(Bloomberg) -- Goldman’s partnership with Apple could pay off, but getting there may be costly.
As Goldman Sachs Group Inc. works toward debuting its new credit card with Apple Inc., the rest of the card industry will be keeping an eye on the bank’s progress, said Margaret Keane, chief executive officer of Synchrony Financial, the largest provider of store credit cards.
“There were a lot of us” bidding to be Apple’s partner, Keane said Friday at the Bernstein Strategic Decisions Conference in New York. “We’re all going to watch and see what happens.”
The new Apple Card will offer users a cash-back rewards program, including 2% back on all Apple Pay purchases made with the card and 3% on purchases made at the Apple Store or with services like the App Store. Goldman and Apple also will encourage users to regularly put money toward their card debt through weekly or biweekly payments.
“The reality is it’s a startup -- they’re starting from scratch,” Keane said. “When you’re doing startups, by the way, there are a lot of upfront costs you have to put up just from pure marketing and set-up perspectives. So you have to make sure you’re doing these deals at the right returns. So we’re not going to win every deal, nor would you want us winning every deal.”
Goldman Sachs has touted its new interest in consumer lending as an advantage, noting it doesn’t have many of the same legacy costs as its incumbent competitors. The company declined to comment on Keane’s remarks, instead saying in an emailed statement that it’s “thrilled to partner with Apple” and that it’s seeking “to disrupt consumer finance by putting the customer first.”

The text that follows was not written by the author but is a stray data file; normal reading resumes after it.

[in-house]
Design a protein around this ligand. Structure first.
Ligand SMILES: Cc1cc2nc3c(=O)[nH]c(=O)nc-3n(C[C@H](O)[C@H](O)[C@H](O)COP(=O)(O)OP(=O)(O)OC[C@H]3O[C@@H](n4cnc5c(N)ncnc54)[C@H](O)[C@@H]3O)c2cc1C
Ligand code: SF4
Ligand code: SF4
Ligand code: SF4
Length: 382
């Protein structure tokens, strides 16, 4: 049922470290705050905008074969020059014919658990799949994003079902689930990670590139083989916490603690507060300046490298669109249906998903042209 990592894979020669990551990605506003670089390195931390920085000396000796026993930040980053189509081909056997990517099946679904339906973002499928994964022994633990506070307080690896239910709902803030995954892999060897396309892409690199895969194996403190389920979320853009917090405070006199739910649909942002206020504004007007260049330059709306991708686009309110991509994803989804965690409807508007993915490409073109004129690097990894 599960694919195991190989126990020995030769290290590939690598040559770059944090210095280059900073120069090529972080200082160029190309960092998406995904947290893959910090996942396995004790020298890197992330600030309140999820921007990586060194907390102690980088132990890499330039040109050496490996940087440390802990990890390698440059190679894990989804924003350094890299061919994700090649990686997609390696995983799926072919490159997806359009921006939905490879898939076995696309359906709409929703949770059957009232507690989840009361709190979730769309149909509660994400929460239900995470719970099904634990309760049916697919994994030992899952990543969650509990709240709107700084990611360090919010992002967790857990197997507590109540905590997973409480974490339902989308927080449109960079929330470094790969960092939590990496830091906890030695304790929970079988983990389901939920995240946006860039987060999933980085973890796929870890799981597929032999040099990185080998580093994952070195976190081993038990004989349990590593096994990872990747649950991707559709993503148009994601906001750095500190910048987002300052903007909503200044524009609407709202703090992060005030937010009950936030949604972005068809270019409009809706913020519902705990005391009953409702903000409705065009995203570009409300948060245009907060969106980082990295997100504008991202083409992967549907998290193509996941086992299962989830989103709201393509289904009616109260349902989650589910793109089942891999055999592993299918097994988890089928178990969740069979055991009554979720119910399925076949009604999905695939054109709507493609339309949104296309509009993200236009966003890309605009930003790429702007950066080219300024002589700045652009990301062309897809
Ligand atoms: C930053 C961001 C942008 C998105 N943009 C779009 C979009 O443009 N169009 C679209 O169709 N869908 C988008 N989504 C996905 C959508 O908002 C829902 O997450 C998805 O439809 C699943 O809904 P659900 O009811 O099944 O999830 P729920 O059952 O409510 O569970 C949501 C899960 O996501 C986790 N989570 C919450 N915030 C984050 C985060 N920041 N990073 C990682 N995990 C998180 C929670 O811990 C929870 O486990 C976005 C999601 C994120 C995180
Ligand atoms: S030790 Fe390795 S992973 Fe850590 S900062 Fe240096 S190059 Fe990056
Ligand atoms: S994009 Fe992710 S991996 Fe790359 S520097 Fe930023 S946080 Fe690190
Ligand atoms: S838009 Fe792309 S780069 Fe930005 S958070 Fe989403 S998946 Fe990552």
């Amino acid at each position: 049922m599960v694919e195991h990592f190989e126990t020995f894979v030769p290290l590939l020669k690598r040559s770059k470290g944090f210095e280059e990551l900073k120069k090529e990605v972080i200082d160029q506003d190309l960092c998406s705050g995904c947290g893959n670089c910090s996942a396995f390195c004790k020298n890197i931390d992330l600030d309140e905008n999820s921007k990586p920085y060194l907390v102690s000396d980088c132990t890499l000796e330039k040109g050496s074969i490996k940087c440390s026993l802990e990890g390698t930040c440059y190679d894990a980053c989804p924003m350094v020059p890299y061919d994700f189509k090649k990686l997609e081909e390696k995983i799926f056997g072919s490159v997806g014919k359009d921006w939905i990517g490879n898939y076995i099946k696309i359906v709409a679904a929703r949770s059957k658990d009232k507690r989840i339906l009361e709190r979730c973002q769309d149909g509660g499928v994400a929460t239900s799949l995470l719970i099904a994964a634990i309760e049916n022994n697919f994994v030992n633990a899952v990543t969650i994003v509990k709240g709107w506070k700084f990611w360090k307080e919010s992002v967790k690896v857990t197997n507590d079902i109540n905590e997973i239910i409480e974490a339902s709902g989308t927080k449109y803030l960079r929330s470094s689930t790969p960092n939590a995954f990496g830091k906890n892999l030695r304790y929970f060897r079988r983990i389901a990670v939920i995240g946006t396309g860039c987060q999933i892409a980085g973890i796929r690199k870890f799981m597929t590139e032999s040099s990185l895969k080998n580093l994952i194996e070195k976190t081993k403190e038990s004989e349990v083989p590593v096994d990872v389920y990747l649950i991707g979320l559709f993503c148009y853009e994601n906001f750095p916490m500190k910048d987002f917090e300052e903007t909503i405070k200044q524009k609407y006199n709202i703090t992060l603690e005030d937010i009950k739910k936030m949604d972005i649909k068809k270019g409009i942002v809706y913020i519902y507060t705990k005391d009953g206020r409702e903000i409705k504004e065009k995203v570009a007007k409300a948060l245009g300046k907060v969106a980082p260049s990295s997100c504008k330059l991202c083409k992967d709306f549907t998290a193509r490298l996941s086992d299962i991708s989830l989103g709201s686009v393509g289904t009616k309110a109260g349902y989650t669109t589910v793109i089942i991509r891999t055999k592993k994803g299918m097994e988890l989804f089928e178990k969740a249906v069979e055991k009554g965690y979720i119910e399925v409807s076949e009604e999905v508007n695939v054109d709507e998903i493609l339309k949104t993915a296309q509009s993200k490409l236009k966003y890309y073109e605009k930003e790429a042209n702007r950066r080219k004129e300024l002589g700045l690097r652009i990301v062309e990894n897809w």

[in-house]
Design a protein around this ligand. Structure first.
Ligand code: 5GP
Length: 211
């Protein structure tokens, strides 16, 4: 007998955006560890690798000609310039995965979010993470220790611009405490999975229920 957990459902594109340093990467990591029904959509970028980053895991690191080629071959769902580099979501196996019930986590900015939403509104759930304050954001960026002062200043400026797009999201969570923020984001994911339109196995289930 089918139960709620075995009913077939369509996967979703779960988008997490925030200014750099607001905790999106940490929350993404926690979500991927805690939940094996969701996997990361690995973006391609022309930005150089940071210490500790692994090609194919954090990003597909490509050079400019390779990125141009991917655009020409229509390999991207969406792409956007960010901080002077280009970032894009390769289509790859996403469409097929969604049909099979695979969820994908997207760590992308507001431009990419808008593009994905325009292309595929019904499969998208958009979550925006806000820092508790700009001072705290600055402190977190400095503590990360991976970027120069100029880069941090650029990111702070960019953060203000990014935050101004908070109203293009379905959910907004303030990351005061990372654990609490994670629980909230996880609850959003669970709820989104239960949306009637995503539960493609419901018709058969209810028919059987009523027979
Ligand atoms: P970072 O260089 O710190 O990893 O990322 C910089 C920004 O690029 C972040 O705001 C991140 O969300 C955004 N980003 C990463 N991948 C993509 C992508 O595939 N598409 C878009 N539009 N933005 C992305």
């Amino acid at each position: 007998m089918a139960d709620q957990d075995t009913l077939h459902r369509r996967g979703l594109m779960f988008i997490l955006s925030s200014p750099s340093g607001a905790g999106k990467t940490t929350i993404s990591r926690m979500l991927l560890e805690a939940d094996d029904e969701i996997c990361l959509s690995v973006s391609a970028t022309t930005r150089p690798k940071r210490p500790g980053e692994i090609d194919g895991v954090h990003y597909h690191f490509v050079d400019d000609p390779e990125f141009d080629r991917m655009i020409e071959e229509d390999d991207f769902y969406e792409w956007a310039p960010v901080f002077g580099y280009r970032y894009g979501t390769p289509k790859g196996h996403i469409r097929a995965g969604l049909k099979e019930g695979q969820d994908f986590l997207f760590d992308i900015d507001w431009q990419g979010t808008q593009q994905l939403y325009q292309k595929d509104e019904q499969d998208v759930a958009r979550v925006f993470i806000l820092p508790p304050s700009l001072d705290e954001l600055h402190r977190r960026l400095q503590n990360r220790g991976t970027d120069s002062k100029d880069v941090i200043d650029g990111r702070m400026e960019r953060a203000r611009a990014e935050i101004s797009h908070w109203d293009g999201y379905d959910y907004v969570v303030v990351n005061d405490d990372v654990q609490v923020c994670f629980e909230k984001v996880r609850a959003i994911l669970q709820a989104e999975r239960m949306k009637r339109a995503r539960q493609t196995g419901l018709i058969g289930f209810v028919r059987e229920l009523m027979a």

Last year, Synchrony announced that Walmart Inc., one of its largest partners, had opted to move its portfolio of cards to Capital One Financial Corp. Since then, Synchrony has renewed agreements with three of its of largest card partners: Lowe’s Cos., J.C. Penney Co. and Walmart subsidiary Sam’s Club. PayPal Holdings Inc., meanwhile, has taken Walmart’s spot on the list of Synchrony’s five largest partners, based on interest and fees from loans.
Synchrony also faces fresh competition from startups seeking to give consumers easy access to personal loans at retail checkout. In response to a question about new competition from Goldman’s consumer-lending unit Marcus as well as GreenSky Inc. and Affirm Inc., Keane said that many of those ventures are still fairly small and “many of them have not been tested” by an economic slump.
“Look, we need deals that make sense,” especially with a potential downturn coming, Keane said. “When you’re underwriting deals today, you have to anticipate that. And when you look at some of the deals that are being done, they’re very rich.”
(Updates with Goldman’s comments in sixth paragraph.)
--With assistance from Sridhar Natarajan.
To contact the reporter on this story: Jenny Surane in New York at firstname.lastname@example.org
To contact the editors responsible for this story: Michael J. Moore at email@example.com, Daniel Taub
For more articles like this, please visit us at bloomberg.com
©2019 Bloomberg L.P.